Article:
t time, and his influence over the French population of Louisiana became very great. As a reward for his political services he obtained his son's admission to the military academy of West Point, where the young cadet was entered under the name of Pierre G. Toutan. In the mean time, he bought, in the vicinity of New Orleans, an estate to which he gave the name of Beauregard, (fine sight.) When the son got his commission of officer in the army, he half dropped his modest name of Toutan, to adopt the more aristocratic one of Beauregard, and henceforth signed Pierre Toutan de Beauregard. Thus, we may see one day, two generals of alleged French Canadian extraction-Jean Charles Fremont and Pierre Toutan de Beauregard-at the head of powerful armies, one from the Northern States and the other from this Confederacy, contending with each other on the banks of the Potomac, or the Ohio, or the Mississippi, for the independence or the subjugation of this country.--N. O. Picayune, August 14.
ere secured, and by evening she was lying at anchor near the Powhatan. Among the papers were letters from the commander of the Sumter and her officers, giving some idea of her future movements, and indicating that her cruising ground was to be down on the Spanish Main. In two or three hours the schooner had a prize crew on board, and the Powhatan was off for Pensacola to notify the flag-officer of the Sumter's whereabouts, the Niagara remaining to blockade the South-west Pass. On the 14th August, at sunset, we arrived at Pensacola. The captain communicated with Flag-officer Mervine, and in half an hour we were steering south after the Sumter. Rather a lame duck the old Powhatan, in her present condition, to send after a clipper-steamer; but it will be seen that lame ducks on occasions get along as well as some that are not lame. There was, I assure you, a high state of excitement on board the Powhatan at the idea of going after the Sumter, and a great deal of satisfaction expr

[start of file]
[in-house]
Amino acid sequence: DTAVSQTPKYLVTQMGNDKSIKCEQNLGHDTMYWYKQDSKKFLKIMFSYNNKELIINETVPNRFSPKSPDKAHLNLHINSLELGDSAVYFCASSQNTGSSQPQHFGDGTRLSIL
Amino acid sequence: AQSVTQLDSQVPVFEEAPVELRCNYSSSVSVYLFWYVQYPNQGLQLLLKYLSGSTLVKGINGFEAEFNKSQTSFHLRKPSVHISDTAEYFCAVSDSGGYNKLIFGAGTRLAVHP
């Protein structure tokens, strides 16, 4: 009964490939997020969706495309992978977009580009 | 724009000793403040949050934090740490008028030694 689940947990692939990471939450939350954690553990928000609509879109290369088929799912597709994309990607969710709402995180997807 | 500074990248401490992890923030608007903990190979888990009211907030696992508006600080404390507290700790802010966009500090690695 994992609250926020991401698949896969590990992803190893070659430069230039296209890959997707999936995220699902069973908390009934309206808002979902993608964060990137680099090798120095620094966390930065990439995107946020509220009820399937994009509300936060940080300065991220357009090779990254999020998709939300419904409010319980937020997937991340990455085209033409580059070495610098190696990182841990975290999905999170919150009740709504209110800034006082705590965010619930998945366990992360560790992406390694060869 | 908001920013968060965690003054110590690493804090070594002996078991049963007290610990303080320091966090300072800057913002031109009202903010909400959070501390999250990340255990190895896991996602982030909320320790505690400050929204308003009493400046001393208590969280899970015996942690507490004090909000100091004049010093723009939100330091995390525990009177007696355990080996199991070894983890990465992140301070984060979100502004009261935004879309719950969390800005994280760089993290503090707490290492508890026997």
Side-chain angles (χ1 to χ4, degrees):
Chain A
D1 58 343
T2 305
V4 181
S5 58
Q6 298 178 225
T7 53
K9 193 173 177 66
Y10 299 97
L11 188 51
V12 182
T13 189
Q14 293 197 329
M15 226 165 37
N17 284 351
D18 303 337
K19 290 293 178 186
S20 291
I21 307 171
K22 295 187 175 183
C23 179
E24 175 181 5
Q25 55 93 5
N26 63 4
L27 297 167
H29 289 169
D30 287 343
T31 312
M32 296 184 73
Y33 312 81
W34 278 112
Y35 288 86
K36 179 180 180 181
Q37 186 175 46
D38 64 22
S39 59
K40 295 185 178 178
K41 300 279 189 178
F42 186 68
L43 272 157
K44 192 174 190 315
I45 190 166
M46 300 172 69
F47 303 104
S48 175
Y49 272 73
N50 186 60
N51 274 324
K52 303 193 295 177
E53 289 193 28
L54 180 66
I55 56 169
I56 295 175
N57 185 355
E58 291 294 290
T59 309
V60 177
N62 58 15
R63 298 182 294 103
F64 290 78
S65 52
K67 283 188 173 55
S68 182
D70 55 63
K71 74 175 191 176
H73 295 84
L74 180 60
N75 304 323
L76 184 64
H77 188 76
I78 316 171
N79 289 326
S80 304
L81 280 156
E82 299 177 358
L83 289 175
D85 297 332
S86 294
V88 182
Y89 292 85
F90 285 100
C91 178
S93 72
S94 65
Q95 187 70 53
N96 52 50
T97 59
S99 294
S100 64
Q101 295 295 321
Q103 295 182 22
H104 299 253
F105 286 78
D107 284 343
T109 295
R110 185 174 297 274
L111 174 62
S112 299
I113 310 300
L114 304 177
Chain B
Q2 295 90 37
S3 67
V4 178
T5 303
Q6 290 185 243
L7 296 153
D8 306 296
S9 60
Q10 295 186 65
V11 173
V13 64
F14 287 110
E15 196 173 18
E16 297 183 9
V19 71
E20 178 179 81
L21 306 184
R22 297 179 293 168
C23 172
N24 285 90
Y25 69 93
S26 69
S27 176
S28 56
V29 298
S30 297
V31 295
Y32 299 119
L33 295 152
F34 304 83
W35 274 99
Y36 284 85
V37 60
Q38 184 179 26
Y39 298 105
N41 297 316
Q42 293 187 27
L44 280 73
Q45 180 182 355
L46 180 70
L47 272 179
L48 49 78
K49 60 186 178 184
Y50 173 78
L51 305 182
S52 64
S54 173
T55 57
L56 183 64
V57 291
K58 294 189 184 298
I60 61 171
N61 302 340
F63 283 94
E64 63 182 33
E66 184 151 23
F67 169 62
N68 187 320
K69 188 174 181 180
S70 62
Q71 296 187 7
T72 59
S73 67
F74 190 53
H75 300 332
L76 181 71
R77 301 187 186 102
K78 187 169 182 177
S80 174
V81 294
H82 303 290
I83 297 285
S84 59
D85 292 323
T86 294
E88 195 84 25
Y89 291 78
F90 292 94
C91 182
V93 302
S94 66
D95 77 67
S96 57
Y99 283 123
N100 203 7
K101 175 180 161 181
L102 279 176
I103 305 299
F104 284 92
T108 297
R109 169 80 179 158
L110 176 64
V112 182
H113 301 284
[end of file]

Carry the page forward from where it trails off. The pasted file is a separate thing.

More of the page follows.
ed, wounded and prisoners, amounted to about one thousand eight hundred men, besides which fully one thousand men straggled back to Culpeper Court-House and beyond, and never entirely returned to their commands. A strong cavalry force, under Generals Buford and Bayard, pursued the enemy to the Rapidan, and captured many stragglers. The cavalry forces immediately resumed their original position, and again occupied the Rapidan from Raccoon Ford to the base of the Blue Ridge. On the fourteenth of August, General Reno, with eight thousand men of the forces which had arrived at Falmouth under General Burnside, joined me. I immediately pushed forward my whole force in the direction of the Rapidan, and occupied a strong position, with my right, under Major-Gen. Sigel, resting on Robertson's River, where the road from Cedar Mountain to Orange Court-House crosses that stream; my centre, under Gen. McDowell, occupied both flanks of Cedar Mountain; and my left, under General Reno, a position